In 1950, the world’s first yield sign was posted at the corner of First Street and Columbia Avenue in Tulsa, Oklahoma. Before the sign was introduced, this intersection was considered one of the most dangerous in Tulsa. Although there was already a right of way law in place, it was difficult to enforce, and many drivers failed to abide by these rules. Officer Clinton Riggs, a Tulsa native and police officer, had begun developing a sign that he hoped would alleviate these problems. He also wanted to assign clear blame in the event of a collision and hoped his sign would make liability clear.
The original yield sign was keystone shaped and read “Yield Right of Way” in black letters on a bright background. Originally, yellow was used because reflective material was not yet available and yellow was the most visible color at night. Within a year of the sign’s posting, accident rates dropped dramatically, and drivers learned to approach the intersection with caution. Inspired by the success of the original sign, Tulsa posted more yield signs and spread the word to neighboring cities.
The Manual on Uniform Traffic Control Devices (MUTCD) added the yield sign in 1954 to assign right of way at intersections where a stop was not normally required. However, rather than a keystone, the yield sign was now shaped like a point-down equilateral triangle with black lettering and border, though the sign remained yellow. Triangles are highly visible and draw the eyes, making them better signs for drivers looking for immediate information. Yield signs are the only signs that are shaped like a triangle, the unique shape makes them difficult to miss. By September 1956, the St. Petersburg Times, a Florida newspaper, printed an article that detailed the use of a yield sign and commented on its wide spread.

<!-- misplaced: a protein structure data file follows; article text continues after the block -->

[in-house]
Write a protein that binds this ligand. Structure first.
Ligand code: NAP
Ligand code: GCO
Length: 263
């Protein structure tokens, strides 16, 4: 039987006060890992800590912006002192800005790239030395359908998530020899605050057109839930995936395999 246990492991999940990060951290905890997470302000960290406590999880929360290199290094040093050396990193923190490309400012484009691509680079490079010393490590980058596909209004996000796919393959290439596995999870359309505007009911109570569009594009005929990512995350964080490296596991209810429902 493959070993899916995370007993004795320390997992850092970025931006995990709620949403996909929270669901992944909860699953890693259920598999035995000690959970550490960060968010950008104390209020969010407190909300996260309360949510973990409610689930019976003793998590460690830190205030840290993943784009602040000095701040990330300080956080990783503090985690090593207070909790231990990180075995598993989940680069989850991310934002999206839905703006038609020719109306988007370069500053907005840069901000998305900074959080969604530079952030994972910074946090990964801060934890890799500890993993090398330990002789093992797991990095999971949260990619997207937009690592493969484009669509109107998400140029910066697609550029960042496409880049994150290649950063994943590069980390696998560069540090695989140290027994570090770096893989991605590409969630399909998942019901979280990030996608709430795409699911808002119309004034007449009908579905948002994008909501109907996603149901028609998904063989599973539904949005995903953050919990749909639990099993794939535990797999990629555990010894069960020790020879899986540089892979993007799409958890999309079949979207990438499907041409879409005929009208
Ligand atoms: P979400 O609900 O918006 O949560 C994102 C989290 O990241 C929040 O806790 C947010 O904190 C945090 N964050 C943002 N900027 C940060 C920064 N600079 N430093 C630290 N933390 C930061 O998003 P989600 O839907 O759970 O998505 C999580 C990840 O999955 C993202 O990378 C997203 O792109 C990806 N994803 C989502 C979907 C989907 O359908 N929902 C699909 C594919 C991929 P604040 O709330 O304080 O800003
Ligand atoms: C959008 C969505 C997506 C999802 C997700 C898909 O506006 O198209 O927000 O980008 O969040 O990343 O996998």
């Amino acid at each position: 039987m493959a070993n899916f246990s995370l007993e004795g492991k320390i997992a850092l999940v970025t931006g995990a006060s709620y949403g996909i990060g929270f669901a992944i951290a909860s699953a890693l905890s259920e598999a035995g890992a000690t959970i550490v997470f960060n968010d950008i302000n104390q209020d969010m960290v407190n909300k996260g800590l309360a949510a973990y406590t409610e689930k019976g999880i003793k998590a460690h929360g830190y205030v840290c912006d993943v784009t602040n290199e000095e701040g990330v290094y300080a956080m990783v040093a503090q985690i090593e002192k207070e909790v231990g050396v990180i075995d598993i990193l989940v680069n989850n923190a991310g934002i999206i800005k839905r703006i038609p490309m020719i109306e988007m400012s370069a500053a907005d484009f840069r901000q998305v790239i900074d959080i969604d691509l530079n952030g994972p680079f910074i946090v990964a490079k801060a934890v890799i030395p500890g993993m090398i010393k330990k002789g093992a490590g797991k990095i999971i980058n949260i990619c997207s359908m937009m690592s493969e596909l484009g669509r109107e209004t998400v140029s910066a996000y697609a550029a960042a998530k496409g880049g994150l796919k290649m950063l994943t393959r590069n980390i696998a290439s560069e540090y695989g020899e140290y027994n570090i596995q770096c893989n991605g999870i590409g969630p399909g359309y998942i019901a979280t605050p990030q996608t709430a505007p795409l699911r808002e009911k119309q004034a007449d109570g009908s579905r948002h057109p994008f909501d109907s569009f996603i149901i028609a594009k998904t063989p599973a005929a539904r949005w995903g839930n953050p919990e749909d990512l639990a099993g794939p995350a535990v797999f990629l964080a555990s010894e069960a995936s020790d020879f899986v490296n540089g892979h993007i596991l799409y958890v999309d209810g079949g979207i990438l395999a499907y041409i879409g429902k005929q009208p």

The sign gradually stopped including “right of way” and, by this time, simply read “yield.” The MUTCD describes the other factors that must be considered when installing yield signs . Yield signs are used to assign right of way and instruct drivers when they need to stop and slow down. They should be posted in an unobstructed place where sightlines make it difficult to see oncoming traffic.
In 1971, the MUTCD stipulated that yield signs should be red with a white triangle in the center and red lettering. The signs were changed in color because red is thought to be more attention grabbing. Prior to the 70s yellow was the most visible color, but the invention of reflective film made it possible to post signs in a variety of colors. These signs have grown in popularity all around the world and are used more often than stop signs in many European countries.
Yield signs have proven to be an invaluable addition to road safety. Intersections that employ them have both decreased in collisions and given a clear look at who is liable in the event of such an accident, just as Clinton Riggs hoped.